Living Well

Health and wellness advice, self-management tips, inspirational stories and much more to help you live well and flourish when living with arthritis. 

Managing Arthritis

Independence and Learning to Cope with JIA

Independence and Learning to Cope with JIA

Helping your child with JIA gain independence and learn to cope with life

As the parent of a child with arthritis, it’s important to think in terms of what your child can do. Encourage your child to work within their own limits from the start. For example, encouraging your child to participate in age-appropriate chores helps instill important values and will prevent resentment from any siblings who may also have chores. Pick chores your child with arthritis can do or adapt chores to their ability. Folding laundry or setting the table are good examples. Let your child get dressed and undressed on their own, even if this seems to take too long. An occupational therapist can design physical tool aids, such as orthotics, reachers and dollies, that will help children manage. This, in turn, will help them develop competence and confidence with self-care activities.

Be prepared to set limits and discipline your child with arthritis, just as you would your other children. Parents tend to excuse the child with arthritis for inappropriate behaviour or from doing chores because they may feel the child has enough to deal with. Yet this may encourage the child to use their condition as an excuse or to their own advantage, both inside and outside the home. This can lead to behaviour problems later on in life. Parents may find they need the help of a social worker or a psychologist in learning how to best deal with some of these issues.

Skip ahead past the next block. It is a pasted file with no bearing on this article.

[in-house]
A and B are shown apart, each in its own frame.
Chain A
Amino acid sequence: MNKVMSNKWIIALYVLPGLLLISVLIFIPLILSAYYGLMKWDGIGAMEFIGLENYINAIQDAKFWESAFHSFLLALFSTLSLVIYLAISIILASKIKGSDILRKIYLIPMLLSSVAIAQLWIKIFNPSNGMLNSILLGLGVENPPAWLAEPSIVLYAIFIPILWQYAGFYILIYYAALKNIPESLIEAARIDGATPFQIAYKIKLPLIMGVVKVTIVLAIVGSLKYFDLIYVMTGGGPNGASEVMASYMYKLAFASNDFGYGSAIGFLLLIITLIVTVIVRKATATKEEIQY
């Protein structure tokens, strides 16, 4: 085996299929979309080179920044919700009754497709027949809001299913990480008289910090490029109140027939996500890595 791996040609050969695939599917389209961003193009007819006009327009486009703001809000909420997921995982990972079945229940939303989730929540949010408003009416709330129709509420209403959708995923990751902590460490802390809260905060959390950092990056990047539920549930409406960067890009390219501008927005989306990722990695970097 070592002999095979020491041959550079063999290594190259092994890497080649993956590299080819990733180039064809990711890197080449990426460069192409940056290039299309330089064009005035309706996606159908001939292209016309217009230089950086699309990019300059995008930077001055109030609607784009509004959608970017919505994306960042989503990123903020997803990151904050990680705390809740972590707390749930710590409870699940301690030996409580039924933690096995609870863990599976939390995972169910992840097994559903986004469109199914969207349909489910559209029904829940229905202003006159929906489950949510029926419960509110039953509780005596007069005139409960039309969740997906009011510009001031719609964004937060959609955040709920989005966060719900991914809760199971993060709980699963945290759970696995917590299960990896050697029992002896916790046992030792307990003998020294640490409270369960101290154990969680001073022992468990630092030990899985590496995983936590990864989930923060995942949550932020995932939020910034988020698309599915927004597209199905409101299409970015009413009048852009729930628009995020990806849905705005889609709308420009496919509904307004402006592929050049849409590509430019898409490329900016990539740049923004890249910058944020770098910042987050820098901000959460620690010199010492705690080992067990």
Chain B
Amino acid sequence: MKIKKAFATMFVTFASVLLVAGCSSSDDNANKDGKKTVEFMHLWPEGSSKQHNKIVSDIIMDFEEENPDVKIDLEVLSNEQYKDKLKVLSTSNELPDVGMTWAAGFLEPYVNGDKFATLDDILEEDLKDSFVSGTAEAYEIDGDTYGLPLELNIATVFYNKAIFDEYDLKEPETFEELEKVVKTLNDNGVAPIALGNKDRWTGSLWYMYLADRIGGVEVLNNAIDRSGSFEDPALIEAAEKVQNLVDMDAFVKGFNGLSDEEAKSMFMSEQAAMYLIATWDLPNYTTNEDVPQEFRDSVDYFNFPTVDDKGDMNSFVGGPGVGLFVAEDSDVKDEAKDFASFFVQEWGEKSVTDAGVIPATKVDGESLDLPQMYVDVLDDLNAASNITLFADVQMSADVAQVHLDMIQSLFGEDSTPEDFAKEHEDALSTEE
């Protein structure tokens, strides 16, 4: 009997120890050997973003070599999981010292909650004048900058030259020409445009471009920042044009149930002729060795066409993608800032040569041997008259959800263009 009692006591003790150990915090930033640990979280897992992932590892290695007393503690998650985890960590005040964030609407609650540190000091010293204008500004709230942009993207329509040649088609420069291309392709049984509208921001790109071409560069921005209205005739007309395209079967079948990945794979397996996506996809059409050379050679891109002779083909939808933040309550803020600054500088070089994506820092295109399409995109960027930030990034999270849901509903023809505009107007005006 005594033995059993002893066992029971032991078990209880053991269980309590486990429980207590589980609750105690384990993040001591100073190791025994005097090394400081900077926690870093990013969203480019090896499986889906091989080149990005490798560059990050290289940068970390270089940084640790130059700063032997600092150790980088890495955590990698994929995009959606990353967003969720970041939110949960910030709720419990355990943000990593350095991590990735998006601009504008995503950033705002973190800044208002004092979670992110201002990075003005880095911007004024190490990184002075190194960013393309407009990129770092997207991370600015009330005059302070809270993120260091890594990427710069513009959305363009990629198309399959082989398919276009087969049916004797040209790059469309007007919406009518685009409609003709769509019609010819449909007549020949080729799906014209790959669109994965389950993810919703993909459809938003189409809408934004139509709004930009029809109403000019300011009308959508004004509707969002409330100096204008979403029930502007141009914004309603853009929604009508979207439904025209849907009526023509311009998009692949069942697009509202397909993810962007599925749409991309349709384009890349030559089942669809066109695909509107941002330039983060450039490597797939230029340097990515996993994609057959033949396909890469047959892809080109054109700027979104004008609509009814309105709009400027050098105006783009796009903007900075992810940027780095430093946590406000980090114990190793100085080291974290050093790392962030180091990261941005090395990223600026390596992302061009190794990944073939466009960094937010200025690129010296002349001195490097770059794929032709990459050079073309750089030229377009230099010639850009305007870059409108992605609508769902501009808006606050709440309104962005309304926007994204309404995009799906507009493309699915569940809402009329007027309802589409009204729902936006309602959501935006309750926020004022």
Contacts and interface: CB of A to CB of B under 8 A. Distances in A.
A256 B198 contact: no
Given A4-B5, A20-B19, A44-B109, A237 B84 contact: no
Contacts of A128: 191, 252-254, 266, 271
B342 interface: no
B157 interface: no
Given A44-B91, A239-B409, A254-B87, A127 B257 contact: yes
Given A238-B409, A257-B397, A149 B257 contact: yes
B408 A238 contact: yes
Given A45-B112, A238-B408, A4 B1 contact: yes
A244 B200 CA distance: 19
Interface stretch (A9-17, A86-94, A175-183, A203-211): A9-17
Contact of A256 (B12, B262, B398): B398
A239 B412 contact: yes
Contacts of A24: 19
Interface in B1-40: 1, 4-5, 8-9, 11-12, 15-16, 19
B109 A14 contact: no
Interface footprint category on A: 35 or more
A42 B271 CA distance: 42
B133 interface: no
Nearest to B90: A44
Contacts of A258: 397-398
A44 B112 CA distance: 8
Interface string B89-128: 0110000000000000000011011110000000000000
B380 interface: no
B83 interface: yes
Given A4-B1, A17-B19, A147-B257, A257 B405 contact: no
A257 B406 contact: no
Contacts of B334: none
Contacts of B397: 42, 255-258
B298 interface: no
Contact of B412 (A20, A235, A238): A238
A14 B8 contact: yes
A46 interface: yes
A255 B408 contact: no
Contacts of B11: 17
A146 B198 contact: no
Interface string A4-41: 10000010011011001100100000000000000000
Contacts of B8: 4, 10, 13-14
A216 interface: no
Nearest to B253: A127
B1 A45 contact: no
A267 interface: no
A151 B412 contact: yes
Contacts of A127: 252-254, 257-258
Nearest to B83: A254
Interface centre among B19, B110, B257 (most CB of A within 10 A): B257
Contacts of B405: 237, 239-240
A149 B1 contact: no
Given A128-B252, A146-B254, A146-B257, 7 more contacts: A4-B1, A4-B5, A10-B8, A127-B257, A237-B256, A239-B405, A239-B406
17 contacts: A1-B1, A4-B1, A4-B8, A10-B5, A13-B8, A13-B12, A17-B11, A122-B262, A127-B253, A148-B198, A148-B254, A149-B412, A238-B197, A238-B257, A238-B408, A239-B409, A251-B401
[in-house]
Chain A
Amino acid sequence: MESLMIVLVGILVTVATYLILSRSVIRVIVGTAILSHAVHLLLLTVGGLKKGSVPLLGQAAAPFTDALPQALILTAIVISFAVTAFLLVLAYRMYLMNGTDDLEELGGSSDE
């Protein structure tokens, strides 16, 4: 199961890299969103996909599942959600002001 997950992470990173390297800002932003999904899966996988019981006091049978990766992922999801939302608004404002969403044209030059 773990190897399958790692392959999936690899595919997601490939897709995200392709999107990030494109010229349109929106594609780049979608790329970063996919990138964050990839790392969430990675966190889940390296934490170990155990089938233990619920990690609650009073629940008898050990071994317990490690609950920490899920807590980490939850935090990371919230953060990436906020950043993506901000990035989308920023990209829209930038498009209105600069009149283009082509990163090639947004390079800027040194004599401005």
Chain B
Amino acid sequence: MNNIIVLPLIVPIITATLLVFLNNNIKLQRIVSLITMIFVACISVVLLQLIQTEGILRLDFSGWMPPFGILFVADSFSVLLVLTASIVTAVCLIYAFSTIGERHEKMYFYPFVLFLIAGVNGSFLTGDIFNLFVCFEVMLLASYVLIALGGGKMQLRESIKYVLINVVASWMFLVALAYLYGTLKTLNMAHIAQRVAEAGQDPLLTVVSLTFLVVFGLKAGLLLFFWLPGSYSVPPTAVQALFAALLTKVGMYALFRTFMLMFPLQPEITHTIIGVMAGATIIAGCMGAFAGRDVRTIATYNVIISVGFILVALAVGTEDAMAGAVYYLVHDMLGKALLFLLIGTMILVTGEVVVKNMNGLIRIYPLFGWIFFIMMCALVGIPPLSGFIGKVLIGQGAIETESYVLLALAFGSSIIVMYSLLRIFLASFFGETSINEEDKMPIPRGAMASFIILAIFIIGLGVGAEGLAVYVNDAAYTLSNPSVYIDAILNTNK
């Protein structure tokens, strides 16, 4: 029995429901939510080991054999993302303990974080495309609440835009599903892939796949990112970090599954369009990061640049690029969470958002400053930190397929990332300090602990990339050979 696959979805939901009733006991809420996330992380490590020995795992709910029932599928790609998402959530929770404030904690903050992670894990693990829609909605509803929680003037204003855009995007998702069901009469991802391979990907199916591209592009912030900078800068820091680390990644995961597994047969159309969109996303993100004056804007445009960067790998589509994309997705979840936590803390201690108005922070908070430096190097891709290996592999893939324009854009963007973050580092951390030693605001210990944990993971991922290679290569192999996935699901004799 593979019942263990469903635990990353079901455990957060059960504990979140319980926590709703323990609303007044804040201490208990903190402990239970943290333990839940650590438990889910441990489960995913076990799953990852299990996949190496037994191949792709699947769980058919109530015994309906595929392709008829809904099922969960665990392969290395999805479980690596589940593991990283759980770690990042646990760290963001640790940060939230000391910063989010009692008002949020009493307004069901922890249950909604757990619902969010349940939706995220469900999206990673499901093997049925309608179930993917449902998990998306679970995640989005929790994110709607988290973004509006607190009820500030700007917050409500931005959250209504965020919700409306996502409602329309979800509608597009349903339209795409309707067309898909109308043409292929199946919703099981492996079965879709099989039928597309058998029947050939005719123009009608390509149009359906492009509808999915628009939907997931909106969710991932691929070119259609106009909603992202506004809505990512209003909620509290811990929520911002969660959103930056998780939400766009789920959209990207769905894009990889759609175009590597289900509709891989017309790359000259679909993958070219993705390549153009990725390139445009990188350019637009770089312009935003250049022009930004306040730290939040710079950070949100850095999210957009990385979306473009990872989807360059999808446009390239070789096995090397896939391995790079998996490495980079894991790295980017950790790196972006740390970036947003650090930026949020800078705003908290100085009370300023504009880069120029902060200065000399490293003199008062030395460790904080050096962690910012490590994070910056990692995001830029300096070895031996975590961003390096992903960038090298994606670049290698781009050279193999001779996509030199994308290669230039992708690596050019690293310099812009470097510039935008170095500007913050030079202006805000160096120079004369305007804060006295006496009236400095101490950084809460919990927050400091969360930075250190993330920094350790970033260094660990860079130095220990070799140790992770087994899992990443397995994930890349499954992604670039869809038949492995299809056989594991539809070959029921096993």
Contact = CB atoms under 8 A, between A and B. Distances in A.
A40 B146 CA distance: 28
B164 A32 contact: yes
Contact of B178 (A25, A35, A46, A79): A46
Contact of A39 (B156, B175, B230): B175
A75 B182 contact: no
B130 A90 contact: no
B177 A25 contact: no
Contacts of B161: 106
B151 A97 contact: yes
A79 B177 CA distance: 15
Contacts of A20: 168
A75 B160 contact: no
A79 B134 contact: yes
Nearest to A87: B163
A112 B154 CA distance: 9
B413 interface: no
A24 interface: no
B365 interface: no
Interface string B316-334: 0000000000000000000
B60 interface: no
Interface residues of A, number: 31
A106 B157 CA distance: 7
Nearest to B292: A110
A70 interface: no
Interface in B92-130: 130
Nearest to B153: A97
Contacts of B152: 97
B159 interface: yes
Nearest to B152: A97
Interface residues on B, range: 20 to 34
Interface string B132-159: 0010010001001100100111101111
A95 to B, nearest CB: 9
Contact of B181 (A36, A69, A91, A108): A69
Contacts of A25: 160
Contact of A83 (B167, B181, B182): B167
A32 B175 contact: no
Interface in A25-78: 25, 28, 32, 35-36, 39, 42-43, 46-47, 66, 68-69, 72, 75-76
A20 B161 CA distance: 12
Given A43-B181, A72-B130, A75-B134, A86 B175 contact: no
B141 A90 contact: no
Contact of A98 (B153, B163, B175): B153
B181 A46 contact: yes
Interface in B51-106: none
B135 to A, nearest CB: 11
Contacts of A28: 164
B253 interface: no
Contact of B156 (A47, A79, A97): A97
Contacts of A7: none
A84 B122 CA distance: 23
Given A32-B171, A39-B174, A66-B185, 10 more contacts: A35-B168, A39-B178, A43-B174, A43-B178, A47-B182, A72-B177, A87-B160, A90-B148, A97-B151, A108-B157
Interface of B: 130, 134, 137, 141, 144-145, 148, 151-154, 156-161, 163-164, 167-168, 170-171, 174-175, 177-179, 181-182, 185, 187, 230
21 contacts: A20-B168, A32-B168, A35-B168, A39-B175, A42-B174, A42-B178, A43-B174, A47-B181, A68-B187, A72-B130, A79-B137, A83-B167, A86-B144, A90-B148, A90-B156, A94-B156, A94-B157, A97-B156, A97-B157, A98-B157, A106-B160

Ultimately, it’s crucial to keep in mind that your child with arthritis is a child first, who happens to be living with a chronic disease. You will have many conversations with your child that centre on arthritis and treatment. So remember to make time each day to talk about non-arthritis related topics. This will help your child feel like a “regular” kid.